Helping people heal

October 14, 2019

UM-Dearborn educators are leading the way in creating pathways to opportunity for those with trauma exposure through a new promising approach.

This article was originally published on October 14, 2019.

Ever wonder why people who are in difficult situations may have difficulty in making choices that could lead to more opportunity? 

Assistant Professor Jessica K. Camp gives an answer: Trauma. The College of Education, Health and Human Services educator says trauma exposure has the ability to physically change our brain and influence our cognition, particularly in the area responsible for emotional recognition, emotional regulation, empathy, decision making, and many other skills necessary for maintaining relationships and connections. 

“So when we might wonder why someone who has repeatedly experienced trauma makes a choice that doesn’t align with their best interest, makes a decision that leads to a negative life outcome, or disconnects from important life opportunities or experiences, this may be the answer,” says Camp projecting a PET scan of a brain affected by trauma, showing diminished neuronal activity in the cortex of the frontal lobe.

Knowing this, what are the next steps?


Camp, along with other researchers, are combining discoveries like the neurobiological impact with an understanding of trauma exposure from medical, healthcare, psychology, and social work fields and are working to figure out what events are important to consider when examining the connection between trauma exposure and adverse outcomes in adulthood.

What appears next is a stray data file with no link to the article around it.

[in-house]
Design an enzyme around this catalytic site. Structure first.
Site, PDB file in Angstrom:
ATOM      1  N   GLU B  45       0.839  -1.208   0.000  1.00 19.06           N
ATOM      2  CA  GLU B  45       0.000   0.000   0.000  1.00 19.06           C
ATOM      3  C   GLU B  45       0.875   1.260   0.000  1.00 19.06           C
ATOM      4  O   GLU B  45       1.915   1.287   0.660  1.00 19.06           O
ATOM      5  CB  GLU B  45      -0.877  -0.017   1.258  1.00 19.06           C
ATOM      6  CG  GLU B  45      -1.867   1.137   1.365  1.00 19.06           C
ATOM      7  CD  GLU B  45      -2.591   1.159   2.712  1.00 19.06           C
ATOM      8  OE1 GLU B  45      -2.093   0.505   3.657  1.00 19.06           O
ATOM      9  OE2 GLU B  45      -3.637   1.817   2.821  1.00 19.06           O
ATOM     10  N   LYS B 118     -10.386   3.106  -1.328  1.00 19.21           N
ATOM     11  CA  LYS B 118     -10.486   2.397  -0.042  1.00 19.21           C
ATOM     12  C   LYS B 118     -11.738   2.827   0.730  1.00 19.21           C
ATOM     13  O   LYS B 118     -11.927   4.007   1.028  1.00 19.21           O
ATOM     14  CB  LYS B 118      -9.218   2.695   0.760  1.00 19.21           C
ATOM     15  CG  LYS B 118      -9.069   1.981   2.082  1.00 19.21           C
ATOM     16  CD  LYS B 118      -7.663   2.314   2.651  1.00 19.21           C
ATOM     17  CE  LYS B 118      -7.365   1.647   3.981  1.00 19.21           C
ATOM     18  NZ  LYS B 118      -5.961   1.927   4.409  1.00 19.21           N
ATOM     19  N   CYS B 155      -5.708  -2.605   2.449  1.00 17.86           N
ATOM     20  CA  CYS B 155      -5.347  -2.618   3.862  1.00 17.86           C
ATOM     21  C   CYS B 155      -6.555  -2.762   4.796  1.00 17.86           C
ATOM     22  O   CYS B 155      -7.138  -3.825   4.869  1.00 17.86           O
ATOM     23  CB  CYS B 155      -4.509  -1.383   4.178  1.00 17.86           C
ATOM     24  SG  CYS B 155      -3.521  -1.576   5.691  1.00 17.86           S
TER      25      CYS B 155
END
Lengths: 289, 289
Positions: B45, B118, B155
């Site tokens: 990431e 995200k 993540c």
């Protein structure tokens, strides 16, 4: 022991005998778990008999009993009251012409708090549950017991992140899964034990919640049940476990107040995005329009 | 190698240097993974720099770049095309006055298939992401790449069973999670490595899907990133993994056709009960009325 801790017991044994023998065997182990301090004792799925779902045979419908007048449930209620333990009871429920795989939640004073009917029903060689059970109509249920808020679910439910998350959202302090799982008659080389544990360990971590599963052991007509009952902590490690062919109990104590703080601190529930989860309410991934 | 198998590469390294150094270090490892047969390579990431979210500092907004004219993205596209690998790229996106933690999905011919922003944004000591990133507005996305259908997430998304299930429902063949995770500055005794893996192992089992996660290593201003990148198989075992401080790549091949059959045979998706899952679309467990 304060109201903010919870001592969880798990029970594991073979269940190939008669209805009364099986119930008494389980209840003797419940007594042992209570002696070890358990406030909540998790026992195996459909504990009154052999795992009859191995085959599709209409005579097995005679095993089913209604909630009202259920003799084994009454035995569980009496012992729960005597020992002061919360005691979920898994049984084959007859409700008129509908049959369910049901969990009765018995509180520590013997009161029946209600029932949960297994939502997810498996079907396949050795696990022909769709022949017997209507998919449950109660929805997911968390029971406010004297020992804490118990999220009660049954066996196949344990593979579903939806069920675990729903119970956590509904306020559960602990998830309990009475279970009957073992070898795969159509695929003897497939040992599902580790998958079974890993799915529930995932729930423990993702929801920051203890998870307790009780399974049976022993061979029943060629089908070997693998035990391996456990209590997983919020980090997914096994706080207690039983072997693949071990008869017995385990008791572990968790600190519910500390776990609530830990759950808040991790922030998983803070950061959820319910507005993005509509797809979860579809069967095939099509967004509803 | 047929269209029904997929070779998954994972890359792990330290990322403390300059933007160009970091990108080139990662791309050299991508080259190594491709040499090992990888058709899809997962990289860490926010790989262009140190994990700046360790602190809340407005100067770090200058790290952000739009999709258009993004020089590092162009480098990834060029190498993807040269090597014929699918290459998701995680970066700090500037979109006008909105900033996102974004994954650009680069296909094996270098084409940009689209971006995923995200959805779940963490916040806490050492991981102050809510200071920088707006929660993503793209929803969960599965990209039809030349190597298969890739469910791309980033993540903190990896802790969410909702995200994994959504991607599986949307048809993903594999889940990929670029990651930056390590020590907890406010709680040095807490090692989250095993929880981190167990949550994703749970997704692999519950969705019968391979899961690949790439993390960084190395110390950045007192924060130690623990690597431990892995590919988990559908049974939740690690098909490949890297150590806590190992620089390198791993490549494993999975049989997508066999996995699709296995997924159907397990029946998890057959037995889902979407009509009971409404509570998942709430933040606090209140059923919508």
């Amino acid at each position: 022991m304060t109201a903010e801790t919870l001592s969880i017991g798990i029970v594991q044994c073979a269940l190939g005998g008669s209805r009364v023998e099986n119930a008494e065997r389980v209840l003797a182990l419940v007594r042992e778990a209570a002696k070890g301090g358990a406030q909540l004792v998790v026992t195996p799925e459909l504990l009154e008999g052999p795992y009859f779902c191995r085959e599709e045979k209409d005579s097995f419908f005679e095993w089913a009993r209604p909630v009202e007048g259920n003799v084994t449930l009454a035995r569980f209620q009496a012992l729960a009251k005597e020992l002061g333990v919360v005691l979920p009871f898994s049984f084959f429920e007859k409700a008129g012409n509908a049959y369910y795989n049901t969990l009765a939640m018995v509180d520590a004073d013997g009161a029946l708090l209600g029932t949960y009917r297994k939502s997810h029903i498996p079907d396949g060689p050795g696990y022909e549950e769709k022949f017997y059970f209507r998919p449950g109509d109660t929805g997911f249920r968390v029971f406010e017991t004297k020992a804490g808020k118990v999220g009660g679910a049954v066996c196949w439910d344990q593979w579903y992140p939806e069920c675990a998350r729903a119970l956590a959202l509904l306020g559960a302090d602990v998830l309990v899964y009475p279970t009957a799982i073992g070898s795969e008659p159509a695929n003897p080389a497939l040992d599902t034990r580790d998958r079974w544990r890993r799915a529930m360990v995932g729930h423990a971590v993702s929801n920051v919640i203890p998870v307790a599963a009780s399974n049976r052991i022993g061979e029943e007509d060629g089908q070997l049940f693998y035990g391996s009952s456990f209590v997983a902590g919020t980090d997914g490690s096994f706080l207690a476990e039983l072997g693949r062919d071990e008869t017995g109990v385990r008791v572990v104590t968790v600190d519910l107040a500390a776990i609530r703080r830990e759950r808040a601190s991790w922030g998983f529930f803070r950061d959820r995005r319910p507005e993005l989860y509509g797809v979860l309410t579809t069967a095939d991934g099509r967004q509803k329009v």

Helping lead the way in the area of trauma recovery, Camp is finding success with an approach that teaches others how to view trauma through a Trauma-Informed Care and Restorative Practice lens — Healing Centered Restorative Engagement (HCRE). This approach encourages people to recognize the impact of trauma exposure as a disconnecting force from life opportunities that are critical for attaining well-being. 

“Many systems punish through exclusion, if you show up for work late you may lose your job, act out in high school and you may be suspended, do poorly in a college course and drop the class or lose critical financial aid,” Camp says. “What if, instead of excluding as a punishment we reformed systems to be inclusive as support?”  

She gives another example to show how re-phrasing can still get the message across, but use the HCRE approach to ensure the problem outcome is identified as the problem, rather than making the person feel like a problem.

“For example, if someone is late, instead of harshly saying, ‘You’re late. What’s wrong with you?’, ask, ‘What happened today? Let’s talk about it.’ It’s still important to hold people accountable, but you can do it in a way that helps find solutions to problems. That’s what’s best for everyone involved,” Camp says. “Trauma survivors will be more sensitive to feelings of threat and lack of belonging, as the brain has been developed to be amazing at ‘survive’ at the cost of ‘thrive.’” 

Camp 2

For the record, Camp’s not discounting the traditional model of trauma-informed care. But with the large number of people in need, it doesn’t always work as intended — the approach is reactive instead of proactive and it is only engaged once a problem has been clearly defined. 

With trauma so widespread, there aren’t enough specialists available to handle the demand. By creating systems that heal and include, there is more of an opportunity to create pathways to recovery, facilitate resiliency, and include people in their future well-being.